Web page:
Skip to content

Public Lighting Authority of Detroit's "Agency of Change"

Situation

Detroit’s public lighting system had been in a state of serious disrepair for several decades. The City’s financial distress ruled out any severe reinvestment of the system since its bonds were rated “junk.” In December 2012, the Michigan Legislature approved legislation to allow municipalities to create separate public lighting authorities. With Detroit as a primary focus, this legislation allowed these authorities to raise the necessary funds to rebuild cities’ public street lighting. The Public Lighting Authority of Detroit (PLA) was established shortly after that by a resolution passed by Detroit City Council in February 2013.

As the PLA began to operate, it needed to carry out a comprehensive, integrated communications campaign around two significant, long term efforts. The first effort was to introduce the PLA, explain how it is different from Detroit’s Public Lighting Department, and engage critical audiences around a lighting plan for the future. Following the adoption of this first plan, a second communication strategy needed to notify key audiences of construction and mark the significant moments of the new citywide lighting system.

CLIENT

PUBLIC LIGHTING AUTHORITY OF DETROIT

SERVICES

 

COMMUNITY RELATIONS

EVENT MANAGEMENT

MARKETING

MEDIA RELATIONS

RESEARCH

SOCIAL MEDIA

SPOKESPERSON TRAINING

Strategy

The PLA retained Van Dyke Horn to develop and implement a comprehensive communication campaign that integrated media relations, community engagement, and marketing. This campaign combined a series of community meetings inform and engage city leaders and residents and media outreach to educate the public of the PLA’s plans. Along with targeted door hanger distribution, comprehensive website development was accessible information sources that helped alert residents of upcoming construction activities planned in their neighborhoods. Simultaneously, Van Dyke Horn organized a meeting for all potential Detroit-based contractors to inform them of contract opportunities and to assure they knew how to access the PLA.

When the PLA hired its first CEO, Van Dyke Horn organized a news conference to highlight his appointment. Following the conference, visits were made to editorial boards at key print publications and broadcast outlets to introduce the new leadership and to brief them on the PLA’s progress. We also scheduled meetings for the CEO with key community leaders to develop strong relationships and to assure that they were up to date on the overall plan.

The first step in relighting the City was selecting two pilot areas, one on the City’s east side and one on the west side. Through another door hanger distribution, residents in both pilot areas learned that they would see PLA crews evaluating the current status of lights in their neighborhoods. As light replacement plans formalized, we held public information sessions in both pilot areas, inviting residents with a second set of door hangers.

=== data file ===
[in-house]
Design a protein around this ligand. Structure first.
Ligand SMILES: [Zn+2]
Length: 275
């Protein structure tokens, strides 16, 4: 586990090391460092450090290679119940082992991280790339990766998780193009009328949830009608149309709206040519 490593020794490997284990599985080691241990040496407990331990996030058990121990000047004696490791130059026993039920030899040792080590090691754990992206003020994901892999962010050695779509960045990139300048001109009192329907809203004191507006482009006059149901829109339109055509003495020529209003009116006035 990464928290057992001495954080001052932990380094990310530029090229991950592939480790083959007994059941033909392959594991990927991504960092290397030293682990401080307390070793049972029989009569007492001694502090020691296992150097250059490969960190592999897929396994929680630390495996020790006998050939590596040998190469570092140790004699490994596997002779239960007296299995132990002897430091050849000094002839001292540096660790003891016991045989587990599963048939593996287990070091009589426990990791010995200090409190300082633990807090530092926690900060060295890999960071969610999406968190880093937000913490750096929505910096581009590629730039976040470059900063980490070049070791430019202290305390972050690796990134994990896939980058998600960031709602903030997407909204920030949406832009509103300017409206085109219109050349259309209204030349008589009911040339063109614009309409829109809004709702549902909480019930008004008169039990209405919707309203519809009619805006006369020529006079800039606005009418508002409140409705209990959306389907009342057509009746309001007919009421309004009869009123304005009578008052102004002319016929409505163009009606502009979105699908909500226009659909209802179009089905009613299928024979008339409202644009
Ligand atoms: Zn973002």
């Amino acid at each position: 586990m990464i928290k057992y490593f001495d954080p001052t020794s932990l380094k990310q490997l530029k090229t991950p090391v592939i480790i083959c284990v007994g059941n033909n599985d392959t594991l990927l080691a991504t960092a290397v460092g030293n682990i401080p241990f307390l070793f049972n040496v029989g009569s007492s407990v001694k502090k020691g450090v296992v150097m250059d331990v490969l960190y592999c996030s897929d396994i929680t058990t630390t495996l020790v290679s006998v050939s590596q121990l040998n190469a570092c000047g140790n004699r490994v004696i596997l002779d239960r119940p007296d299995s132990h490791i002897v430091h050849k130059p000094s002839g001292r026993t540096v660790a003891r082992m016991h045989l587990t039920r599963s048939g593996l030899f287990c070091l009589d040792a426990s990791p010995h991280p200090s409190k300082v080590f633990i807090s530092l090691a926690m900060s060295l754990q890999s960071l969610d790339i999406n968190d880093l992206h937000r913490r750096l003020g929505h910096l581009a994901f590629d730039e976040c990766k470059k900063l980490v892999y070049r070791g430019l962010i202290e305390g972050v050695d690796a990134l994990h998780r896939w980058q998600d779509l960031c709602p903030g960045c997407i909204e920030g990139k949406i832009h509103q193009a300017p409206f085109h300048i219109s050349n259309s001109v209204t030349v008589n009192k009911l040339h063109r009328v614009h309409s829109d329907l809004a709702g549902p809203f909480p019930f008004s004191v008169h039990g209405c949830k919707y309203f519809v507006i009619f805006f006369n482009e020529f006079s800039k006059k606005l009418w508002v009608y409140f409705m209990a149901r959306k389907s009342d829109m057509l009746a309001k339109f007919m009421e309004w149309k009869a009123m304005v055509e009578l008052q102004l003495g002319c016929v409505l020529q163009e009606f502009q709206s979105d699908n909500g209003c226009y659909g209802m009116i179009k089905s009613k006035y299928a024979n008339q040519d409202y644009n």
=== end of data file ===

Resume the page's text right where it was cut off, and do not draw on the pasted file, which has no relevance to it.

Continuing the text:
Van Dyke Horn then organized a media event to highlight the installation of the first new light. This story was the lead story on the front page of the Detroit Free Press. It was reported extensively by local, regional and national media. We then replicate our strategy from the two pilot areas in every corner of Detroit’s 139 square miles. We also provided media with significant progress and completion updates.

Two years after this significant lighting project began, Van Dyke Horn held a significant event to illuminate the final street in Detroit. Civic and community leaders from across Michigan attended this magnificent celebration, including federal, statewide, and local officials, the Shawn Donovan, and the Housing and Urban Development Secretary at that time. 

Success

Van Dyke Horn’s success was marked by the positive feedback the PLA has received from all stakeholders from government and community leaders to residents across the City. It was noted that the communications strategy provided proactive and timely information to residents as well as opportunities for feedback throughout the massive project.

The media was supportive of the effort with a multitude of positive articles that provided communicate vital information to the community and crucial third-party validation of the PLA’s progress. This support resulted in strong articles such as Detroit News publishing an editorial holding the PLA up as an example of how government should work.  Additionally, the results of our work received significant coverage include a substantial story in the New York Times with the headline, “The Lights are on in Detroit.”

Van Dyke Horn continues to support the PLA with media relations, marketing, web management, and annual report production.